Robot Zombie Frankenstein!Hardback
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- Publisher: Candlewick Press,U.S.
- Format: Hardback | 40 pages
- Dimensions: 250mm x 272mm x 18mm | 481g
- Publication date: 24 April 2012
- Publication City/Country: Massachusetts
- ISBN 10: 0763651249
- ISBN 13: 9780763651244
- Illustrations note: chiefly col. Illustrations
- Sales rank: 1,077,022
Perfect for high-energy story times, this cumulative tale is a madcap mash-up featuring robots, shapes in motley amalgamation, and . . . pie! Squares, rectangles, ovals, triangles, and other colorful shapes are sorted and arranged into -- two robots! But why stop there? Shape by shape, costume by costume, Robot and Robot play a game of oneupmanship that zips, zooms, and whirrs from friendly to hilariously out of control in nanoseconds. Robot Zombie? How about Robot Zombie Frankenstein? Can you handle Robot Zombie Frankenstein Pirate? What could be next? Where will it all stop? When the race makes a surprise (and delicious) turn, Robot and Robot are happy to be plain old robots -- and buddies -- once again.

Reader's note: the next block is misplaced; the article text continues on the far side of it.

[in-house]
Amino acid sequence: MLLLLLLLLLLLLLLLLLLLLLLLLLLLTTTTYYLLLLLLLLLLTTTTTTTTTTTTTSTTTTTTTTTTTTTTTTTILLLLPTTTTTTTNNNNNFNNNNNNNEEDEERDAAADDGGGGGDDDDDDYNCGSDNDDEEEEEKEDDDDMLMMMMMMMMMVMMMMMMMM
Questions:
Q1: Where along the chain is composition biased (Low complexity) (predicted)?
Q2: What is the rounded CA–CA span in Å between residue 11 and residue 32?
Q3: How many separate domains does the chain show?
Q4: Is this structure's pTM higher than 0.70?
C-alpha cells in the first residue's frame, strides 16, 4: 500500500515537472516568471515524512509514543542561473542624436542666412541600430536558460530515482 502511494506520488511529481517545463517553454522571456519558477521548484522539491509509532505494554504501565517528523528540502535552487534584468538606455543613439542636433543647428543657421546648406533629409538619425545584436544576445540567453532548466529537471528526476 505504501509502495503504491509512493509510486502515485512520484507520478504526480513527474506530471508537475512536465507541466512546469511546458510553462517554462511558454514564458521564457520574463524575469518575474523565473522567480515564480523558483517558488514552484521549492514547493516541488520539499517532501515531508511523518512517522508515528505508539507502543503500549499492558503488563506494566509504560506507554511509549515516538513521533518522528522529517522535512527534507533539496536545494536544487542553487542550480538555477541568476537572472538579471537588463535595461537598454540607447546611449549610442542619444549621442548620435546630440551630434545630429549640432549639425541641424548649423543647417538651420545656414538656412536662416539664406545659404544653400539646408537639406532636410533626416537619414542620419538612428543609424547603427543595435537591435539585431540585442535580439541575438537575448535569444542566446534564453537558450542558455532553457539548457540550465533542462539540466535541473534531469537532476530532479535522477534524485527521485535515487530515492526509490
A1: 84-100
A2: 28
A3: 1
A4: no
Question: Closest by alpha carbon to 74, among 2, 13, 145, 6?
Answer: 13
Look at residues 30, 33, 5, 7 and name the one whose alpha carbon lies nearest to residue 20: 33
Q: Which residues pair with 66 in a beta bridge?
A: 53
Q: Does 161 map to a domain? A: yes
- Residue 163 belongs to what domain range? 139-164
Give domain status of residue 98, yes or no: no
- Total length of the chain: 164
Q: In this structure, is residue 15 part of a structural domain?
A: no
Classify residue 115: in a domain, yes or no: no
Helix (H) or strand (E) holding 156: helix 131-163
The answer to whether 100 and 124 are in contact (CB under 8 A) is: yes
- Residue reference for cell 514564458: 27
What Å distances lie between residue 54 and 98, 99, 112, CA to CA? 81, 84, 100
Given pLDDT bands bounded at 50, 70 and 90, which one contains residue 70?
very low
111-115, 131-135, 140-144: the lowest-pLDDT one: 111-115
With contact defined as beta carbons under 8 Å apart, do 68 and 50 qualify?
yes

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Annette Simon was once a pie-loving advertising creative director who wrote and art-directed national print and TV campaigns. Now, she's a pie-loving author-illustrator who creates picture books, and she blames this particular book on the trickiness of her little sister and the deliciousness of her grandma's pies! Annette Simon lives in Florida.
A highly entertaining method of introducing a concept... Simon tells a simple, humorous tale of two robots and their imaginative play and quick costume changes... This hilarious title works for one-on-one sharing as participants can discuss the many different shapes shown, and in a group setting where children will laugh at the rivalry of the two mechanical characters. Great fun! --School Library Journal Simon uses brightly colored shapes, substantial creativity, and a photograph of cherry pie to construct a story of robotic one-upmanship... The cumulative chaos of the robots' costumes stands in humorous contrast to Simon's narrative and visual discipline, as she pokes fun at the human desire to be #1 and acknowledges the "Where did that come from?" nature of in-the-moment creativity. --Publishers Weekly